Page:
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Coonley v. Wells Fargo Bank, National Association

United States District Court, E.D. Virginia, Richmond Division

December 26, 2018

JODY C. COONLEY, Plaintiff,
v.
WELLS FARGO BANK, NATIONAL ASSOCIATION, Defendant.

          OPINION

          John A. Gibney, Jr. United States District Judge

         The plaintiff, Jody C. Coonley, brings two breach of contract claims against the defendant, Wells Fargo Bank. Wells Fargo has moved to dismiss Coonley's complaint for failure to state a claim. Because Coonley does not qualify as a third party beneficiary to either contract in dispute, the Court will grant Wells Fargo's motion to dismiss.

         I. FACTS ALLEGED IN THE COMPLAINT

         In 2004, Morie D. Grantham purchased a home in Midlothian, Virginia. Grantham financed the purchase with a loan, reflected in a note[1] secured by a deed of trust.[2] In 2013, Grantham gave the property to Coonley, who later became the executrix of Grantham's estate after Grantham's death.

         On August 10, 2016, Wells Fargo sent a notice to the "Estate of Morie D. Grantham" stating that Grantham had defaulted in the amount of $4, 644.76, and that Wells Fargo could accelerate the loan if her estate did not pay by September 14, 2016. Although Wells Fargo did not accelerate the loan, on September 25, 2016, Coonley paid Wells Fargo $4, 644.76 on behalf of Grantham's estate. Coonley made no further payments.

         Coonley says that Wells Fargo had an obligation to send monthly bills to her, either as personal representative of Grantham's estate or as the homeowner. Coonley never received any statements addressed to her, Grantham, or Grantham's estate after her September 2016 payment. Wells Fargo claims that it sent a monthly statement for December 2016.

         On April 13, 2017, Wells Fargo conducted a foreclosure sale of the property. Peppertree Investments, LLC, purchased the property. Wells Fargo reported the foreclosure to credit reporting agencies, allegedly damaging Coonley's credit score and causing her to pay a substantially higher interest rate to purchase a new home.

         On April 27, 2017, Peppertree filed an unlawful detainer action against Coonley in the General District Court of Chesterfield County, Virginia. On May 12, 2017, the General District Court awarded possession of the property to Peppertree. Coonley appealed the eviction order. The parties settled the appeal, with Coonley agreeing to move out and pay a sum of money to Peppertree. Coonley claims that she incurred expenses, lost personal property, and suffered personal property damage due to relocation.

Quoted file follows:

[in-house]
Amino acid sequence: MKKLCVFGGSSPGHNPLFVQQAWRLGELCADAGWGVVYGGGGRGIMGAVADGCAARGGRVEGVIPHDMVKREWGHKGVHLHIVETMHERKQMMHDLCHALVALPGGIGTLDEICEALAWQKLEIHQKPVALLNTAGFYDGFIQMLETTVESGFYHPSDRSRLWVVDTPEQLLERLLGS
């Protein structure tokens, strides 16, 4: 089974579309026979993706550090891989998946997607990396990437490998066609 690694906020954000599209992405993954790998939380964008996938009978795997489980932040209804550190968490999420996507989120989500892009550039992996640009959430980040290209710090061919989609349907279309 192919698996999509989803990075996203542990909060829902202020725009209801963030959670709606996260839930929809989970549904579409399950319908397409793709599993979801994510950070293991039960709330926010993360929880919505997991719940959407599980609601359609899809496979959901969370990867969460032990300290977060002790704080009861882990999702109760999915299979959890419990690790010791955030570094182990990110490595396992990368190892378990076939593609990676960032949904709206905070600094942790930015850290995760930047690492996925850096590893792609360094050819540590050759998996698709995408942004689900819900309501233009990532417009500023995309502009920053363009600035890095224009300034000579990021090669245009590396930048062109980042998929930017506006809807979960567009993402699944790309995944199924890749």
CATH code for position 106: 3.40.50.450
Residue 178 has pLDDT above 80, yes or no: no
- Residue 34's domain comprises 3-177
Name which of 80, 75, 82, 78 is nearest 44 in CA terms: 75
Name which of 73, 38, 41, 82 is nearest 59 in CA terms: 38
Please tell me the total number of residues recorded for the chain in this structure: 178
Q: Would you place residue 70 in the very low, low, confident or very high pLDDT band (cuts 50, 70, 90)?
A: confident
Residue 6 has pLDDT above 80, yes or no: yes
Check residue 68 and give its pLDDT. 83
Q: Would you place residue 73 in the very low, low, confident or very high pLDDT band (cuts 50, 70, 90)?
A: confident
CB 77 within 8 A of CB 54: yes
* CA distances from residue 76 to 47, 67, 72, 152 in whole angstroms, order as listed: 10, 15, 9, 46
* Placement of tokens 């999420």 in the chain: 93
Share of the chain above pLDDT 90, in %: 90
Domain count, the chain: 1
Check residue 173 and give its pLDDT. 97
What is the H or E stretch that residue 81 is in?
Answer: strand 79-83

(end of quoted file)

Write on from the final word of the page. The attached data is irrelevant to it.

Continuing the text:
Coonley sued Wells Fargo in the Richmond Circuit Court, alleging two counts of breach of contract. She attached the loan documents to her complaint. Coonley claims that Wells Fargo breached the deed of trust by failing to send monthly statements, failing to allow a chance to cure the default, and reporting the foreclosure to credit agencies. Wells Fargo removed the action to this Court and moved to dismiss for failure to state a claim under Federal Rule of Civil Procedure 12(b)(6), arguing that Coonley lacks standing to bring her claims.

         II. DISCUSSION[3]

         A. Motion to Dismiss

         The parties agree that Coonley was not an original party to either the deed of trust or the note on which she bases her suit. Coonley has standing to bring her breach of contract claims, therefore, only if she qualifies as a third party beneficiary to the deed of trust and the note.

         In Virginia, a third party may sue for breach of contract only when the original parties to the contract intended "to bestow a benefit upon the third party." Envtl. Staffing Acquisition Corp. v. B&R Consrt. Mgmt., Inc., 283 Va. 787, 793, 725 S.E.2d 550, 553 (2012); see also Va. Code § 55-22. The original parties to the contract must have directly intended to benefit the third party to confer third party beneficiary status upon that person. See Zuberi v. Hirezi, No. 1:16-cv-1077, 2017 WL 436278, at *8 (E.D. Va. Jan. 30, 2017) ("The third party must show that the contracting parties clearly and definitely intended that the contract confer a benefit upon him."). A third party who would only "indirectly" or "incidentally" benefit from performance of the contract does not qualify as a third party beneficiary, even if failure to perform would injure the third party. Valley Landscape Co. v. Rolland, 218 Va. 257, 266, 327 S.E.2d 120, 124 (1977). To determine whether the original parties intended to benefit a third party, Virginia courts look to the plain language of the contract. See Envtl. Staffing Acquisition Corp., 283 Va. at 794, 725 S.E.2d at 554.

         Section 15 of the deed of trust states that "any Successor in Interest of Borrower who assumes Borrower's obligations under this Deed of Trust in writing, and is approved by Lender, shall obtain all of Borrower's rights and benefits under this Deed of Trust." (Compl., Ex. B.¶10.) The plain language of the deed of trust, therefore, indicates that the original parties did not intend to confer any benefits upon a third party unless the lender approved. Wells Fargo never approved of Coonley as a successor in interest under the deed of trust. Coonley points to no other language in the deed of trust indicating that the parties intended for their agreement to benefit her. Because Coonley only received "incidental" or ...


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